Conwy – castle


   The Second War of Wales Independence from 1282-1283 ended with the defeat and occupation of large parts of the northern area by the English. The Welsh abbey and settlement  at Aberconwy were conquered in March 1283, and the nearby Deganwy castle defending the Conwy estuary was destroyed. Instead of rebuilding the old stronghold, king Edward I ordered to erect a new fortress and town; a symbol of English power, the administrative capital of the new county, populated with English colonists. The construction of the castle, designed by James of Saint George, the main architect and master of the masonry of the king, began in 1283. From the area of ​​England, a group of workers were taken, who completed the work to an unprecedentedly quick time until 1287. The cost of the castle and the town fortifications amounted to a huge then sum of 15 thousand pounds. The castle’s constable was, by a royal charter of 1284, also the mayor of the new town and supervised a castle garrison of 30 soldiers, including 15 crossbowmen, supported by a carpenter, chaplain, blacksmith, engineer and stonemason.
In 1294, the castle was besieged by Welsh insurgents of Madog ap Llywelyn. The rebels quickly captured the royal strongholds at Caernarfon, Castell y Bere and Harlech, as well as the castles of the king’s vassals at Denbigh, Hawarden and Ruthin. The scale of the revolt made Edward I cancel the planned campaign on the continent and instead lead the army to North Wales. However, he fell into the trap of Madog’s forces and had to flee to the Conwy castle, where he was besieged from December 1294 to February 1295. The strong defense of the castle and the ability to send supplies by the sea, meant that the Welsh were not able to get it, and the defenders received relief. The Madog’s revolt ended in the Battle of Maes Moydog in 1295. Castle Conwy however hosted Edward, Prince of Wales and later king of England, when he arrived in 1301 to receive homage from the Welsh leaders.

    At the beginning of the fourteenth century, the castle was not well managed, the roofs were leaking, and the timber parts were rotting. This situation lasted until 1343, when Edward, the Black Prince, took control of the stronghold. Sir John Weston, his chamberlain, carried out repairs and building, among other things, a new vault for the great hall of the castle. However, after the death of the Black Prince, Conwy fell into neglect again.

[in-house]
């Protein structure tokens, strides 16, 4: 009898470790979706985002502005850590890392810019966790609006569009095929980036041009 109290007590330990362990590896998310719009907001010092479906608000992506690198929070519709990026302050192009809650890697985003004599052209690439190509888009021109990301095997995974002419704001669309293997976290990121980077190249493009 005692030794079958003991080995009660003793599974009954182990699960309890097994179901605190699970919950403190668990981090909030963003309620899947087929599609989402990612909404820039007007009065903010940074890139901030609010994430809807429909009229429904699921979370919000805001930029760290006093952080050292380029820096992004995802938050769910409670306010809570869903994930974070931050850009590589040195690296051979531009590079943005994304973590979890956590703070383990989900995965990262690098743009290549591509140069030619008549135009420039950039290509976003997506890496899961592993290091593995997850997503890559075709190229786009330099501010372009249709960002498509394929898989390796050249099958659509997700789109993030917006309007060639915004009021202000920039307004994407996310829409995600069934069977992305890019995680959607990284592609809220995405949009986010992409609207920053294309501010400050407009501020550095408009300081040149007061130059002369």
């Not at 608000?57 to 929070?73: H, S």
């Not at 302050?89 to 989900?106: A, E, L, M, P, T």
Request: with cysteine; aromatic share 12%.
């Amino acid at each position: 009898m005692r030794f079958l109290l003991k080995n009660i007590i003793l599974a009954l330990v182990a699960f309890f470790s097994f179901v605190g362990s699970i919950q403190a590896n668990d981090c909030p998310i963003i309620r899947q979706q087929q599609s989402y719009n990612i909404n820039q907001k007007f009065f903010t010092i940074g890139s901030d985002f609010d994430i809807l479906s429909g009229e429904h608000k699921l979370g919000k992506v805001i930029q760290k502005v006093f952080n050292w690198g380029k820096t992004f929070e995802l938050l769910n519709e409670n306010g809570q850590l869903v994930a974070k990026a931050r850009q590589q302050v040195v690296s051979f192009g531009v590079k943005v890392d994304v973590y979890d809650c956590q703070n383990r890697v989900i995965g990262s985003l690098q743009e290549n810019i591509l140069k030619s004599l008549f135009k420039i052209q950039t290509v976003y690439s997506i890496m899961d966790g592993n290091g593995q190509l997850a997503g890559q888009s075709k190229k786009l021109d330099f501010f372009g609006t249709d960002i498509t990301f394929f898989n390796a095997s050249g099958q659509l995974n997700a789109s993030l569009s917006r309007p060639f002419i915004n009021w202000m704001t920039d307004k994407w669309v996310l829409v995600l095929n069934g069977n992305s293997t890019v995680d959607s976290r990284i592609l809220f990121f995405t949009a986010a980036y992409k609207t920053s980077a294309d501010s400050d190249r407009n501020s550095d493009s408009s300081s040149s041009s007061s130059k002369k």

In 1400 another Welsh uprising broke out under Owain Glyndŵr. In March 1401, the Welsh captured the castle by trick. Pretending to be carpenters and workers, they killed guards and called for help from hidden comrades. The English responded with the siege of Conwy, who defended for three months before the rebels negotiated a peaceful capitulation. For the remainder of the 15th century, the castle’s significance decreased, although during the Wars of the Roses were again provided and strengthened.
During the reign of Henry VIII in the 20s and 30s of the 16th century, small conservation works were carried out at the castle, the stronghold was then used as a prison, depot and as a potential residence for guests. With the outbreak of the English Civil War, the castle was taken in 1642 by the royalist John Williams, the Archbishop of York and re-adopted for defense. Warfare evaded Conwy until 1646, when the forces of Parliament led by Thomas Mytton besieged and occupied the fortress. In 1655, the State Council appointed by the Parliament ordered that the castle should be demolished or deprived of military significance. In the 60s of the 17th century, the castle’s constable, Earl Edward Conway, decided to get rid of the iron and lead remainder in the castle and sell it. Demolition was carried out, despite opposition from the leading citizens of Conwy and turned the stronghold into ruin. Conservation works began in the second half of the nineteenth century, when the monument became the property of the town. In 1953, it was leased to the Ministry of Labor, which resulted in a wide program of repairs and research on the history of the castle.


   The castle was erected on a coastal, rocky ridge from which gray limestone and sandstone were probably taken for construction. For finishing elements and details such as, for example, door and window portals, more colorful sandstone was imported from the Creuddyn peninsula and the English area of ​​Chester. In the Middle Ages, the walls of the castle were probably whitewashed. The stronghold consists of two parts: a smaller one on the east side with a shape similar to a square, closing the inner (upper) ward with a defensive wall and four corner towers, and a larger western one with a shape similar to a pentagon, with defensive walls and six towers surrounding the outer (lower) ward. Two of these towers also form the eastern part, so the castle has eight main towers in total.